PubMed

    Tani, Kenji; Une, Satoshi; Hasegawa, Atsuhiko; Adachi, Makoto; Kanda, Naoko; Watanabe, Shin-ichi; Nakaichi, Munekazu; Taura, Yasuho

    2005-04-01

    We demonstrated that Demodex canis was transferred to skin xenografts of a dog and a hamster onto severe combined immunodeficiency mice. After the transfer of mites, the number of eggs, larvae, nymphs and adult mites per gram of canine and hamster xenografts increased, whereas no live mites were detected on murine allograft. These results indicate that D. canis proliferates in hair follicles of dog and hamster skins but not in murine allograft. Therefore, D. canis may have host preference but not strict host-specificity. PMID:15876798

  18. OrthoDB: a hierarchical catalog of animal, fungal and bacterial orthologs

    PubMed Central

    Waterhouse, Robert M.; Tegenfeldt, Fredrik; Li, Jia; Zdobnov, Evgeny M.; Kriventseva, Evgenia V.

    2013-01-01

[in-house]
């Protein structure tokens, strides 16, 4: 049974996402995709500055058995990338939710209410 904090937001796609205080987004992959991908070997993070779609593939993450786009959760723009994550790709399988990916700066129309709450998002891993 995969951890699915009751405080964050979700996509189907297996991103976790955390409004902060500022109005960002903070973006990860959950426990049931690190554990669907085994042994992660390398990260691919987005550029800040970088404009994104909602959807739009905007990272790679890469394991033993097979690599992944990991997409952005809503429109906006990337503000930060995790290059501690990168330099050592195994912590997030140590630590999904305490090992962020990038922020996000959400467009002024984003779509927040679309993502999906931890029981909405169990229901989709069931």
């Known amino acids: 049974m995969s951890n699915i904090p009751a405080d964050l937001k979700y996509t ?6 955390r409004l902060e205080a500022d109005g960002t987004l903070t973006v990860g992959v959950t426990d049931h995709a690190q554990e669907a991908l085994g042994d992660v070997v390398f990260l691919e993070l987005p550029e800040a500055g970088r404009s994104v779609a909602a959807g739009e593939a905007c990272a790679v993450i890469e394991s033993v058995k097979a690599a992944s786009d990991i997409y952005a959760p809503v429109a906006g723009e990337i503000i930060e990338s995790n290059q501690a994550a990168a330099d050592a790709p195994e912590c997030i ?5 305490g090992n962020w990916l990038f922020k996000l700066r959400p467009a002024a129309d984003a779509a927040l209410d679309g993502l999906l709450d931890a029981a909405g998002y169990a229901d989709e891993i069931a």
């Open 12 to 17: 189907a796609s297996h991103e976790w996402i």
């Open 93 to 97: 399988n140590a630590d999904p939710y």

The concept of orthology provides a foundation for formulating hypotheses on gene and genome evolution, and thus forms the cornerstone of comparative genomics, phylogenomics and metagenomics. We present the update of OrthoDB—the hierarchical catalog of orthologs (http://www.orthodb.org). From its conception, OrthoDB promoted delineation of orthologs at varying resolution by explicitly referring to the hierarchy of species radiations, now also adopted by other resources. The current release provides comprehensive coverage of animals and fungi representing 252 eukaryotic species, and is now extended to prokaryotes with the inclusion of 1115 bacteria. Functional annotations of orthologous groups are provided through mapping to InterPro, GO, OMIM and model organism phenotypes, with cross-references to major resources including UniProt, NCBI and FlyBase. Uniquely, OrthoDB provides computed evolutionary traits of orthologs, such as gene duplicability and loss profiles, divergence rates, sibling groups, and now extended with exon–intron architectures, syntenic orthologs and parent–child trees. The interactive web interface allows navigation along the species phylogenies, complex queries with various identifiers, annotation keywords and phrases, as well as with gene copy-number profiles and sequence homology searches. With the explosive growth of available data, OrthoDB also provides mapping of newly sequenced genomes and transcriptomes to the current orthologous groups. PMID:23180791